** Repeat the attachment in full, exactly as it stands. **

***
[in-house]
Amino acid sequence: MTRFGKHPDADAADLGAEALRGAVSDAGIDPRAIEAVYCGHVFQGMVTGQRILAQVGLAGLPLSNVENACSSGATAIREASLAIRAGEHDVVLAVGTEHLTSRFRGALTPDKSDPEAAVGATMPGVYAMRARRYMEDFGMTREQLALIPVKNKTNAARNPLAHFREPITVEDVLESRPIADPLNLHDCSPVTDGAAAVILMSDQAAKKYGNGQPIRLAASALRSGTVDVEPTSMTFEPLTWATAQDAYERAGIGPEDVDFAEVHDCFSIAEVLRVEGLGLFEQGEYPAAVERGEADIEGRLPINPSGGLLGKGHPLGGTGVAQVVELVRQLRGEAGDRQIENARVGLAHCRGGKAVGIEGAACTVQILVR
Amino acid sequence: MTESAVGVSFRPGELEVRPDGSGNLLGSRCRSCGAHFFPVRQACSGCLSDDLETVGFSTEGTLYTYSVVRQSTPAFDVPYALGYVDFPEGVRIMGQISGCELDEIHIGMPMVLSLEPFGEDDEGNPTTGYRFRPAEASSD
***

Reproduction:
[in-house]
Amino acid sequence: MTRFGKHPDADAADLGAEALRGAVSDAGIDPRAIEAVYCGHVFQGMVTGQRILAQVGLAGLPLSNVENACSSGATAIREASLAIRAGEHDVVLAVGTEHLTSRFRGALTPDKSDPEAAVGATMPGVYAMRARRYMEDFGMTREQLALIPVKNKTNAARNPLAHFREPITVEDVLESRPIADPLNLHDCSPVTDGAAAVILMSDQAAKKYGNGQPIRLAASALRSGTVDVEPTSMTFEPLTWATAQDAYERAGIGPEDVDFAEVHDCFSIAEVLRVEGLGLFEQGEYPAAVERGEADIEGRLPINPSGGLLGKGHPLGGTGVAQVVELVRQLRGEAGDRQIENARVGLAHCRGGKAVGIEGAACTVQILVR
Amino acid sequence: MTESAVGVSFRPGELEVRPDGSGNLLGSRCRSCGAHFFPVRQACSGCLSDDLETVGFSTEGTLYTYSVVRQSTPAFDVPYALGYVDFPEGVRIMGQISGCELDEIHIGMPMVLSLEPFGEDDEGNPTTGYRFRPAEASSD